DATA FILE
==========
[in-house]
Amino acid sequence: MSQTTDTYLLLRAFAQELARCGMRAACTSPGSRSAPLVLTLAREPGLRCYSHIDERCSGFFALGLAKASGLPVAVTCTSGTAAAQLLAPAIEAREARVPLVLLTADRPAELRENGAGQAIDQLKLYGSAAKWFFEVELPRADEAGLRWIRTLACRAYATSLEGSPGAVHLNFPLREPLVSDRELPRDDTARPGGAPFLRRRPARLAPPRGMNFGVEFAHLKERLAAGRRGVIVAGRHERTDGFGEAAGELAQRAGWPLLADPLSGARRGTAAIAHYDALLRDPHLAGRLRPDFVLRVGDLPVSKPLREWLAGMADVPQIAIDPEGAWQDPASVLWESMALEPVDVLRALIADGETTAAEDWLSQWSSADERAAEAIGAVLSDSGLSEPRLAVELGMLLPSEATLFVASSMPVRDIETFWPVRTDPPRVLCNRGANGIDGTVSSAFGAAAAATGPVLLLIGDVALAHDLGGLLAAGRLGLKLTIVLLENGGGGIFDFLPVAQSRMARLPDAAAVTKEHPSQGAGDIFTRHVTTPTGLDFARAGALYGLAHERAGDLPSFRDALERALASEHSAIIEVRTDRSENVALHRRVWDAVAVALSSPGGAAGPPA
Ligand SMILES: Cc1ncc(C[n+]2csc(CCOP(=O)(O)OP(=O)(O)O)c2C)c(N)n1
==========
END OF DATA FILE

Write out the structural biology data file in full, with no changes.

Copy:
[in-house]
Amino acid sequence: MSQTTDTYLLLRAFAQELARCGMRAACTSPGSRSAPLVLTLAREPGLRCYSHIDERCSGFFALGLAKASGLPVAVTCTSGTAAAQLLAPAIEAREARVPLVLLTADRPAELRENGAGQAIDQLKLYGSAAKWFFEVELPRADEAGLRWIRTLACRAYATSLEGSPGAVHLNFPLREPLVSDRELPRDDTARPGGAPFLRRRPARLAPPRGMNFGVEFAHLKERLAAGRRGVIVAGRHERTDGFGEAAGELAQRAGWPLLADPLSGARRGTAAIAHYDALLRDPHLAGRLRPDFVLRVGDLPVSKPLREWLAGMADVPQIAIDPEGAWQDPASVLWESMALEPVDVLRALIADGETTAAEDWLSQWSSADERAAEAIGAVLSDSGLSEPRLAVELGMLLPSEATLFVASSMPVRDIETFWPVRTDPPRVLCNRGANGIDGTVSSAFGAAAAATGPVLLLIGDVALAHDLGGLLAAGRLGLKLTIVLLENGGGGIFDFLPVAQSRMARLPDAAAVTKEHPSQGAGDIFTRHVTTPTGLDFARAGALYGLAHERAGDLPSFRDALERALASEHSAIIEVRTDRSENVALHRRVWDAVAVALSSPGGAAGPPA
Ligand SMILES: Cc1ncc(C[n+]2csc(CCOP(=O)(O)OP(=O)(O)O)c2C)c(N)n1